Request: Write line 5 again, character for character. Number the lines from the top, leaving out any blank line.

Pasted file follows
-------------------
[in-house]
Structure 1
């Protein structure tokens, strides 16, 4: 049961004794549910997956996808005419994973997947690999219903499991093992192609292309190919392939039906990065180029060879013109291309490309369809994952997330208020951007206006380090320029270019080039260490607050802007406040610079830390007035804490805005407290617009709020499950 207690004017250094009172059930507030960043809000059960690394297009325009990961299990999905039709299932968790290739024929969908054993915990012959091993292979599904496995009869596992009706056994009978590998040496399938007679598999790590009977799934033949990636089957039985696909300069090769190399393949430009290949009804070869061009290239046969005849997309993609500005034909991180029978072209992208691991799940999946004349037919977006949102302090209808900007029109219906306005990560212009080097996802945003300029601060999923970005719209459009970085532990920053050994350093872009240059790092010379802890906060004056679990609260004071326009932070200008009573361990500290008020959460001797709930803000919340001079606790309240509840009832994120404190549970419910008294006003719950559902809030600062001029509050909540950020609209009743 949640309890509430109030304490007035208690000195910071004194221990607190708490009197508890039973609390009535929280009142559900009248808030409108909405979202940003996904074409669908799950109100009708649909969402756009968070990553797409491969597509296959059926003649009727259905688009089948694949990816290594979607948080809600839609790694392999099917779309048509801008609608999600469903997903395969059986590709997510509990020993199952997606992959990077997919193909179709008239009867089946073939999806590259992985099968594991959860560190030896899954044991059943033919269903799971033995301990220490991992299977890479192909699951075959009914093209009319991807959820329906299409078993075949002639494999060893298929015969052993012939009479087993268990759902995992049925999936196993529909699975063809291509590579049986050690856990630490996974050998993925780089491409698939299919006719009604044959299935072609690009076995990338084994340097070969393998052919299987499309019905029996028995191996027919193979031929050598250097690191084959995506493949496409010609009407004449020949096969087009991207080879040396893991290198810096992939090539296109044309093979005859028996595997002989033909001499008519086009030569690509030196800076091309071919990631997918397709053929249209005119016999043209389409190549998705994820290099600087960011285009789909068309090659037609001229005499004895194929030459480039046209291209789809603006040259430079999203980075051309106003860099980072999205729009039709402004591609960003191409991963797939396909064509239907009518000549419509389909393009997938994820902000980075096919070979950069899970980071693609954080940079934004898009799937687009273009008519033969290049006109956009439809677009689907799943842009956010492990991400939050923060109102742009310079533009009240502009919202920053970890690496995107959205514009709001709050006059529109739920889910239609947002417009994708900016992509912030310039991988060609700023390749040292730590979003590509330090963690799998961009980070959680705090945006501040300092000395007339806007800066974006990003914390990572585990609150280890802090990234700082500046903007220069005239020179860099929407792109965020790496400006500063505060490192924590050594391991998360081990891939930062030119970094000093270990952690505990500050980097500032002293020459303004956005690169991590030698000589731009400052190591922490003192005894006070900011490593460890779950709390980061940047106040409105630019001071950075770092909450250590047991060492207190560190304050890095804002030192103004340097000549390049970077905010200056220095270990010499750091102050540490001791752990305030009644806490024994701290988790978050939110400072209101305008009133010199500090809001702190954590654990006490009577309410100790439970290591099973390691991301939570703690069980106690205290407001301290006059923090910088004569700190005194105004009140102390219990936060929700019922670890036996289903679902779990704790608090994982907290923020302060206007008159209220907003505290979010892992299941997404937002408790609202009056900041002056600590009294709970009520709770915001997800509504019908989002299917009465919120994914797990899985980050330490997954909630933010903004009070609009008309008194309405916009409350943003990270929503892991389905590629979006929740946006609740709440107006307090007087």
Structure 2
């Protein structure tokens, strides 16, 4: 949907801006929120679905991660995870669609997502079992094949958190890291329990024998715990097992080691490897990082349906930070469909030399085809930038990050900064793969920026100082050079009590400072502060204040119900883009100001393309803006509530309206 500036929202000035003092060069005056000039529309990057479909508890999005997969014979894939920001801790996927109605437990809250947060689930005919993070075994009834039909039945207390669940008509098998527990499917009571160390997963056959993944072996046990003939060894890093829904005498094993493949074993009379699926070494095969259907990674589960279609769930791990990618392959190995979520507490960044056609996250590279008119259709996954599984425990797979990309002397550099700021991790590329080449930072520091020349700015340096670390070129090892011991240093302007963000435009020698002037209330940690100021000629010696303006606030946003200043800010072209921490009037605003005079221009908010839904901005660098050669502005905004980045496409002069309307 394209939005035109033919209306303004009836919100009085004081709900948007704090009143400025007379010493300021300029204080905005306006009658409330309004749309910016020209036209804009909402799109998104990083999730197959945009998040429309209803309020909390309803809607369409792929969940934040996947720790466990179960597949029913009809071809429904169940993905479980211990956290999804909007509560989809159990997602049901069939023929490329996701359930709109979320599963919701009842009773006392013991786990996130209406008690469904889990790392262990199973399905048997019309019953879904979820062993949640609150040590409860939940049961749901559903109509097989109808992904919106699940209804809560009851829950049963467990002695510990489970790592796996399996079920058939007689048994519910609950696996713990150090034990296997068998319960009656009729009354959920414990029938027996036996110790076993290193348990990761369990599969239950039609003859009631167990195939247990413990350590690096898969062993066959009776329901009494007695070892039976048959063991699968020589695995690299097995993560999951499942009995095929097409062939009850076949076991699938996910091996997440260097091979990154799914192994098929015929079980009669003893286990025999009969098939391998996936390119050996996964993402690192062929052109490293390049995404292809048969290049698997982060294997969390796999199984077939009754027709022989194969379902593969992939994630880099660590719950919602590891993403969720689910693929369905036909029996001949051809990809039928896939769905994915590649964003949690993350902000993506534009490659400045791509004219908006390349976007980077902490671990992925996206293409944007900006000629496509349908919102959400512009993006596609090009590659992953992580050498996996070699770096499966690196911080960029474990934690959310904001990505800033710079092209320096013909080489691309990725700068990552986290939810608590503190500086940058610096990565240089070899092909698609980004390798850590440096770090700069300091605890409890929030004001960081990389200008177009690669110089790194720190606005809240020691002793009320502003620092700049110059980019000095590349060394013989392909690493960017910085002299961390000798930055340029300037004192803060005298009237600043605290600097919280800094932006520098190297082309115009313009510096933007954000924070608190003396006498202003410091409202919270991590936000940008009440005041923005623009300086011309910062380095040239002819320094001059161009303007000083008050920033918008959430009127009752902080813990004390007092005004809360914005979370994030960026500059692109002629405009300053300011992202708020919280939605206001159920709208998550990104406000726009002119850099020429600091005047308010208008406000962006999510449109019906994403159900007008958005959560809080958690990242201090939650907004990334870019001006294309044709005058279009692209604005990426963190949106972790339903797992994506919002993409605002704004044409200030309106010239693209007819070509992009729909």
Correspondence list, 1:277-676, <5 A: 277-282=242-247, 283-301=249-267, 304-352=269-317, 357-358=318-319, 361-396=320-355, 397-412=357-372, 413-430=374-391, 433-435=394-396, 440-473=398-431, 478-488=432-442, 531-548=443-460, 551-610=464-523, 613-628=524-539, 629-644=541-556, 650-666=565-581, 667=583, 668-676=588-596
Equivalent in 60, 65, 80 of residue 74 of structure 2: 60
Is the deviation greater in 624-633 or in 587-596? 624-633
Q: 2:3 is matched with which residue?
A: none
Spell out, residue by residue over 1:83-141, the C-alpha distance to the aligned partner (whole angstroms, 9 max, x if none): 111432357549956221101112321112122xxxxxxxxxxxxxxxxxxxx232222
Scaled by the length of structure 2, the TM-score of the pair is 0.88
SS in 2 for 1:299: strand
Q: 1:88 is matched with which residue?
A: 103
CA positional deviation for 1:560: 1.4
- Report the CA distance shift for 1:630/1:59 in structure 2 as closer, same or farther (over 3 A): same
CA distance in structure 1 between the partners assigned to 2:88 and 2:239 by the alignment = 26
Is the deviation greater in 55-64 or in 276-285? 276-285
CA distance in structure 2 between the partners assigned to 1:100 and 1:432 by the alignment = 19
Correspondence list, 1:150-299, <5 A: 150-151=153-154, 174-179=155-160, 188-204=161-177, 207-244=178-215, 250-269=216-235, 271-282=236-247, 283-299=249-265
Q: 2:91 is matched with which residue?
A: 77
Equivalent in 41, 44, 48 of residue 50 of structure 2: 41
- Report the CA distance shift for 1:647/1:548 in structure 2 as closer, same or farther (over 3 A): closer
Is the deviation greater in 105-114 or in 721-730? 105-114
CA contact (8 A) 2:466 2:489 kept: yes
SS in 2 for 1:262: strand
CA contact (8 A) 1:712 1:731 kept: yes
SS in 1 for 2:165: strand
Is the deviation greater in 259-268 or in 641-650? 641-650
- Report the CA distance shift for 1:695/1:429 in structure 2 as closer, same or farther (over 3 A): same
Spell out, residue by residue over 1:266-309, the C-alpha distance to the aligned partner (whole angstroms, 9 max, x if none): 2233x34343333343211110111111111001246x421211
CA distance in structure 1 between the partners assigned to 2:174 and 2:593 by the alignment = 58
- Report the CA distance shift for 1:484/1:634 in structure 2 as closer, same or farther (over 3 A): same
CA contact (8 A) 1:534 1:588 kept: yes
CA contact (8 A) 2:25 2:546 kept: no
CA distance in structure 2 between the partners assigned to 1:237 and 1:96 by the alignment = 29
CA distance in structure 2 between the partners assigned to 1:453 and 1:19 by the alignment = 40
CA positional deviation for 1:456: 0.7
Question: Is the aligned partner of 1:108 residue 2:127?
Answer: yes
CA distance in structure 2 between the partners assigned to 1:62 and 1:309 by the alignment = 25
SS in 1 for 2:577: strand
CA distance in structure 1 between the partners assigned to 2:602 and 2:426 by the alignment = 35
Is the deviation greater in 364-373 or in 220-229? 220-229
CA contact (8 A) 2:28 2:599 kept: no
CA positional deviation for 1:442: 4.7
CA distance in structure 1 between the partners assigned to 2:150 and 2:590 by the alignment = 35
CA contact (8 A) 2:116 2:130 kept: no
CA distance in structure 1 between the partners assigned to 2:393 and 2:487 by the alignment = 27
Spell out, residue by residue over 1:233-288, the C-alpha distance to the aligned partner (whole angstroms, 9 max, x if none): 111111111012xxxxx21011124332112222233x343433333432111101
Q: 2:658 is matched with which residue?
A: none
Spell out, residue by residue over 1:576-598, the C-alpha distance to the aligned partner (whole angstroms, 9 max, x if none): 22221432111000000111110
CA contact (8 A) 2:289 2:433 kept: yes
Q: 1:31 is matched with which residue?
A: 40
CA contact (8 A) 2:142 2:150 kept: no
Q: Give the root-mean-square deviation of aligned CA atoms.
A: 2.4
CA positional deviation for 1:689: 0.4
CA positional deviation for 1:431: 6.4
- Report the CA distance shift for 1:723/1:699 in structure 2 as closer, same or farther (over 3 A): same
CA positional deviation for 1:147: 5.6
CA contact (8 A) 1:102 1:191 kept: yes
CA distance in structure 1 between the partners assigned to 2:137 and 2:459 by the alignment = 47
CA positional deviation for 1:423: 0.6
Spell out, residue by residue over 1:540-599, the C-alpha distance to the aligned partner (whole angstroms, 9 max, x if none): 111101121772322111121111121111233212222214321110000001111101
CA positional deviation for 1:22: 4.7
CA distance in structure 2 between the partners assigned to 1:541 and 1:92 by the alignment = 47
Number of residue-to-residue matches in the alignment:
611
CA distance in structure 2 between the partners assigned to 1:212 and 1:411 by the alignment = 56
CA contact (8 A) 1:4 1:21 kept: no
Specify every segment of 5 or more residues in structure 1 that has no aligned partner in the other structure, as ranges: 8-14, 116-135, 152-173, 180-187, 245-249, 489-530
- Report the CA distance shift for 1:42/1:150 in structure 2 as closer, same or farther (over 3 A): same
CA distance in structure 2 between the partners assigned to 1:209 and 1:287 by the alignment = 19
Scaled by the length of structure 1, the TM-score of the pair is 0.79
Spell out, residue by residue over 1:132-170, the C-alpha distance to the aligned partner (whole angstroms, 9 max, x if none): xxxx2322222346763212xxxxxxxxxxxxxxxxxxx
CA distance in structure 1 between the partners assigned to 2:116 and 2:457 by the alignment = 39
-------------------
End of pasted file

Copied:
């Protein structure tokens, strides 16, 4: 949907801006929120679905991660995870669609997502079992094949958190890291329990024998715990097992080691490897990082349906930070469909030399085809930038990050900064793969920026100082050079009590400072502060204040119900883009100001393309803006509530309206 500036929202000035003092060069005056000039529309990057479909508890999005997969014979894939920001801790996927109605437990809250947060689930005919993070075994009834039909039945207390669940008509098998527990499917009571160390997963056959993944072996046990003939060894890093829904005498094993493949074993009379699926070494095969259907990674589960279609769930791990990618392959190995979520507490960044056609996250590279008119259709996954599984425990797979990309002397550099700021991790590329080449930072520091020349700015340096670390070129090892011991240093302007963000435009020698002037209330940690100021000629010696303006606030946003200043800010072209921490009037605003005079221009908010839904901005660098050669502005905004980045496409002069309307 394209939005035109033919209306303004009836919100009085004081709900948007704090009143400025007379010493300021300029204080905005306006009658409330309004749309910016020209036209804009909402799109998104990083999730197959945009998040429309209803309020909390309803809607369409792929969940934040996947720790466990179960597949029913009809071809429904169940993905479980211990956290999804909007509560989809159990997602049901069939023929490329996701359930709109979320599963919701009842009773006392013991786990996130209406008690469904889990790392262990199973399905048997019309019953879904979820062993949640609150040590409860939940049961749901559903109509097989109808992904919106699940209804809560009851829950049963467990002695510990489970790592796996399996079920058939007689048994519910609950696996713990150090034990296997068998319960009656009729009354959920414990029938027996036996110790076993290193348990990761369990599969239950039609003859009631167990195939247990413990350590690096898969062993066959009776329901009494007695070892039976048959063991699968020589695995690299097995993560999951499942009995095929097409062939009850076949076991699938996910091996997440260097091979990154799914192994098929015929079980009669003893286990025999009969098939391998996936390119050996996964993402690192062929052109490293390049995404292809048969290049698997982060294997969390796999199984077939009754027709022989194969379902593969992939994630880099660590719950919602590891993403969720689910693929369905036909029996001949051809990809039928896939769905994915590649964003949690993350902000993506534009490659400045791509004219908006390349976007980077902490671990992925996206293409944007900006000629496509349908919102959400512009993006596609090009590659992953992580050498996996070699770096499966690196911080960029474990934690959310904001990505800033710079092209320096013909080489691309990725700068990552986290939810608590503190500086940058610096990565240089070899092909698609980004390798850590440096770090700069300091605890409890929030004001960081990389200008177009690669110089790194720190606005809240020691002793009320502003620092700049110059980019000095590349060394013989392909690493960017910085002299961390000798930055340029300037004192803060005298009237600043605290600097919280800094932006520098190297082309115009313009510096933007954000924070608190003396006498202003410091409202919270991590936000940008009440005041923005623009300086011309910062380095040239002819320094001059161009303007000083008050920033918008959430009127009752902080813990004390007092005004809360914005979370994030960026500059692109002629405009300053300011992202708020919280939605206001159920709208998550990104406000726009002119850099020429600091005047308010208008406000962006999510449109019906994403159900007008958005959560809080958690990242201090939650907004990334870019001006294309044709005058279009692209604005990426963190949106972790339903797992994506919002993409605002704004044409200030309106010239693209007819070509992009729909």